At least 52 people died in a huge blaze that engulfed a food and beverage factory outside Bangladesh’s capital, fire officials said Friday, in the latest industrial disaster to hit the South Asian nation.
The blaze began Thursday night at the five-story Hashem Food and Beverage Ltd. factory in Rupganj, just outside Dhaka, sending huge clouds of black smoke billowing into the sky. Police initially gave a toll of three dead, but then discovered piles of bodies on Friday afternoon after the fire was extinguished.
In addition, at least 26 workers were injured when they jumped from the upper floors as the fire engulfed the building, the United News of Bangladesh agency reported.
Debasish Bardhan, deputy director of the Fire Service and Civil Defense, said 52 bodies had been recovered from inside the factory and rescue operations were continuing. He said the top two floors had not yet been searched.
The main exit of the factory, which processes juice, soft drinks and other food items, was locked from the inside, he said.
Information about how many people were in the factory and how many were missing was not immediately available.
“For now, we only have these details. After searching the top floors we will be able to get a complete picture,” Bardhan said.
Victims in white body bags were piled in a fleet of ambulances as relatives wailed. As the heavy smoke continued to rise from the still smoldering factory, weeping family members of missing workers waited anxiously for news of loved ones outside the blazed site.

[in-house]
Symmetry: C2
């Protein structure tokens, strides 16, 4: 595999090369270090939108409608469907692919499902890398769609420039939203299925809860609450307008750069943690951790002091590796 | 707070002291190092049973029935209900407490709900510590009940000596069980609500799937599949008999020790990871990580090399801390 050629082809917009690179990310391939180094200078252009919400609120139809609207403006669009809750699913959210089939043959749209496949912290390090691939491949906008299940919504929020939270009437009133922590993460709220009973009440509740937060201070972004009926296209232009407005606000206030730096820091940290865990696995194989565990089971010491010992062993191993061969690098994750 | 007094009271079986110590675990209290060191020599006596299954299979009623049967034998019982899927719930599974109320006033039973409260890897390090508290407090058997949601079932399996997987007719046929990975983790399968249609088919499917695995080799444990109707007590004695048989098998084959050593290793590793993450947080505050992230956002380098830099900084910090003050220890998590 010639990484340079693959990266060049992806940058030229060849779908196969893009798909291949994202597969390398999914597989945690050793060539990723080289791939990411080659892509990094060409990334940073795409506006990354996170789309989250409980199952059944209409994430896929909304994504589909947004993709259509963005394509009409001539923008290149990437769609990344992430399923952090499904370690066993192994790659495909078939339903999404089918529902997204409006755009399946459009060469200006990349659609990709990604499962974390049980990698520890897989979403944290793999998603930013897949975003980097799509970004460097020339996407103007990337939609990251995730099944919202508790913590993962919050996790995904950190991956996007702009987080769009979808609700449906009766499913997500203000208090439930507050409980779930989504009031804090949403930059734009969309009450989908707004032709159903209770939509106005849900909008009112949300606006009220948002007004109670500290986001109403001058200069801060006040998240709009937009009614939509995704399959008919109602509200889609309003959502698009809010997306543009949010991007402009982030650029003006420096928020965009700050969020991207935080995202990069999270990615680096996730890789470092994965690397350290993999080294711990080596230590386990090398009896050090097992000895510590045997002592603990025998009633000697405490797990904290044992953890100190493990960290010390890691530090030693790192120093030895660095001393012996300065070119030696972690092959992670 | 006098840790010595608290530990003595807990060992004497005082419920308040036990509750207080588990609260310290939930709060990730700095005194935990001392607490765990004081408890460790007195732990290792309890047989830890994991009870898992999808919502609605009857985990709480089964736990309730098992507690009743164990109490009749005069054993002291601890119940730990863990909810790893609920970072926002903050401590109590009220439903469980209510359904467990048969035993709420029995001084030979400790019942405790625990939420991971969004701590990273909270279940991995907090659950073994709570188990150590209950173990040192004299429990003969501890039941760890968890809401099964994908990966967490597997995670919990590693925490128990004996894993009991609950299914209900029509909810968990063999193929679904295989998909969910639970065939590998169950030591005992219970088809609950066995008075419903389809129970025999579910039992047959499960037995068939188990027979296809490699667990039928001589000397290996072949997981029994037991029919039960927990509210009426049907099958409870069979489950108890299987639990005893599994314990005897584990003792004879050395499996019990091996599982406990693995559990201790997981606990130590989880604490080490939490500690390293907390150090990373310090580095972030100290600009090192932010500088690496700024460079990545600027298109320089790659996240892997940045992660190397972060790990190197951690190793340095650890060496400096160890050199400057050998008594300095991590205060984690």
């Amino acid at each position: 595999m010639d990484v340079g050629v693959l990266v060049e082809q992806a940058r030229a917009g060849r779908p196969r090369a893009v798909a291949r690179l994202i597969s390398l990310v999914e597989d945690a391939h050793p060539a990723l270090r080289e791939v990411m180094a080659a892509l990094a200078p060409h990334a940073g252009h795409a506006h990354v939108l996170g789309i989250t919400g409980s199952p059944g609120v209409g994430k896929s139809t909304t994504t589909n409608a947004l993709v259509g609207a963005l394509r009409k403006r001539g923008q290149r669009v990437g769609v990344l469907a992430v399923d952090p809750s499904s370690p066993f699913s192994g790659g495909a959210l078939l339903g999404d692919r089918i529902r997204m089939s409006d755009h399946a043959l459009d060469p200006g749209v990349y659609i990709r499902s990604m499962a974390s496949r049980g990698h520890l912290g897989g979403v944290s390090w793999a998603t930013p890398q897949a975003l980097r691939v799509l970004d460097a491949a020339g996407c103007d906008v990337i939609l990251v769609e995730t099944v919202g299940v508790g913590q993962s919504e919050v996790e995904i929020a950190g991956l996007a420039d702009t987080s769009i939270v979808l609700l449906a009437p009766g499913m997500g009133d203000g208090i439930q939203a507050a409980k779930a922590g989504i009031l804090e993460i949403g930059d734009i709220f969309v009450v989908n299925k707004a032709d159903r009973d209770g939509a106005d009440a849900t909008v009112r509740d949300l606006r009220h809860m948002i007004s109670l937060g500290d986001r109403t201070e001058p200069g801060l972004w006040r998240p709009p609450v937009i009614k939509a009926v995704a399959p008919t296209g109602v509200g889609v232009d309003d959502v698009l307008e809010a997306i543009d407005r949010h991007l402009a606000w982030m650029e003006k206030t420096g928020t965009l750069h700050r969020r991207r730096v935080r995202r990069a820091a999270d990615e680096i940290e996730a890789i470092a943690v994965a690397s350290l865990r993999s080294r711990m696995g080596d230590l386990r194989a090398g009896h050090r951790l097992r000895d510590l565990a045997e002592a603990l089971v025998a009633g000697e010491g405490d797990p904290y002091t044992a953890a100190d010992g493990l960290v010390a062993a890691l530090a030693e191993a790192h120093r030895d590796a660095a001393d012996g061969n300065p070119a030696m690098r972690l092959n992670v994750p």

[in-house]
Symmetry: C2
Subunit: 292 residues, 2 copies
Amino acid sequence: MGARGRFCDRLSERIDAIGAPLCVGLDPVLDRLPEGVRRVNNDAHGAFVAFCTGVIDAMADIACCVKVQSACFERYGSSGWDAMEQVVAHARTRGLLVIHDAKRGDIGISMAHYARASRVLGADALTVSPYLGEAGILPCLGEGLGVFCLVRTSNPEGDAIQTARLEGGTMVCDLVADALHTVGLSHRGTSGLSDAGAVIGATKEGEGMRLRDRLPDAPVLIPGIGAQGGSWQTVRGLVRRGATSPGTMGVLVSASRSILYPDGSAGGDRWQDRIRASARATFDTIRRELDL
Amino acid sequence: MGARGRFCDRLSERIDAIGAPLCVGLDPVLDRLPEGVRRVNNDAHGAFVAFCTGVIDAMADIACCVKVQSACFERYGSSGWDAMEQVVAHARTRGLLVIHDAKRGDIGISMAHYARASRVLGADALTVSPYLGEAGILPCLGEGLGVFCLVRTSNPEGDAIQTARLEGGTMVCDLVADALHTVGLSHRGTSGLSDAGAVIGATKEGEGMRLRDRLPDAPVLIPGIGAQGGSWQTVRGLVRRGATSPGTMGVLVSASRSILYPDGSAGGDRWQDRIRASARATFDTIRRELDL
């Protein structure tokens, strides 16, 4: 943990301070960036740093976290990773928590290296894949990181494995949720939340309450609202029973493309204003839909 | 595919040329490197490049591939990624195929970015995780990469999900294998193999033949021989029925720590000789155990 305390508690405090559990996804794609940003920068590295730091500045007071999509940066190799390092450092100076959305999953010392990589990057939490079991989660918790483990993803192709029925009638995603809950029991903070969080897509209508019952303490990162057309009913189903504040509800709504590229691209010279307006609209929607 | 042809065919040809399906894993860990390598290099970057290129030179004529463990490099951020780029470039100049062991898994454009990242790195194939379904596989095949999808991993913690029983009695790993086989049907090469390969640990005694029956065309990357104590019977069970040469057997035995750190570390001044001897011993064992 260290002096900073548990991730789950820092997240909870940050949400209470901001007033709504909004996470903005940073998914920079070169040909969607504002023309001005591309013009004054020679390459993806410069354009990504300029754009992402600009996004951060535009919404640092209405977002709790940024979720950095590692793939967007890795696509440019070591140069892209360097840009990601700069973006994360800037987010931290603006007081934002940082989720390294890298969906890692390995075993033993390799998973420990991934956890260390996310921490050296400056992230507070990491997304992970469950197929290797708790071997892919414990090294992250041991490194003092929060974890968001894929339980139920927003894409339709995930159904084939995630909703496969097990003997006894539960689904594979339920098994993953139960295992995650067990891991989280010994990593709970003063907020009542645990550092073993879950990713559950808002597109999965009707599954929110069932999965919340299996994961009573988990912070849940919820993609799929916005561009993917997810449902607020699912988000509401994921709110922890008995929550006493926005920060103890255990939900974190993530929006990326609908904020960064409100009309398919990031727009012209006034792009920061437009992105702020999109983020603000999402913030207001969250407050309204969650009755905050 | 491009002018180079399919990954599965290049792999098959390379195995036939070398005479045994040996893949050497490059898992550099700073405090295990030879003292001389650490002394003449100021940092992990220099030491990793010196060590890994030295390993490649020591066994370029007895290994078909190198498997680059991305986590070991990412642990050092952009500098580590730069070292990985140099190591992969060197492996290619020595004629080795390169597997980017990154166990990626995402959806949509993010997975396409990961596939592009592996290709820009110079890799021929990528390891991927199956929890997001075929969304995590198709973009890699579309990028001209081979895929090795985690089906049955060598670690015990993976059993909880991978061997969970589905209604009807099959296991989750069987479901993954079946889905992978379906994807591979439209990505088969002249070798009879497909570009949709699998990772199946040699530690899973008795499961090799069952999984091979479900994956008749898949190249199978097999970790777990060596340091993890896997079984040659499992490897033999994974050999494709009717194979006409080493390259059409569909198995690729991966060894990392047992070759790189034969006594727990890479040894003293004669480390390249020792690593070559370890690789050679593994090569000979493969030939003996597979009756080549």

Earlier, family members clashed with police as they waited overnight without any word of the fate of their loved ones.
Before the blaze was put out, TV channels showed flames shooting out of the windows of the factory as hundreds of people lined up to watch the firefighters douse the fire.
The government ordered an investigation into the cause of the fire.
Bangladesh has a history of deadly factory fires. They are often attributed to safety lapses that still plague the South Asian country despite its rapid economic growth.
Continuing corruption and lax enforcement have resulted in many deaths over the years, and big Western brands, which employ tens of thousands of low-paid workers in Bangladesh, have come under heavy pressure to improve factory conditions after fires and other disasters killed hundreds of people.
In February 2019, a blaze ripped through a 400-year-old area cramped with apartments, shops and warehouses in the oldest part of Dhaka and killed at least 67 people. Another fire in Old Dhaka in a house illegally storing chemicals killed at least 123 people in 2010.
Authorities imposed tougher safety rules after more than 1,100 people died when a garment factory complex collapsed near Dhaka in 2013. The country’s garment industry has since become largely compliant under domestic and global watchdogs, but many other local industries fail to maintain safety compliance.
The International Labor Organization said in a 2017 report that Bangladesh’s regulatory framework and inspections “had not been able to keep pace with the development of the industry.”
(This news report has been updated after first publication)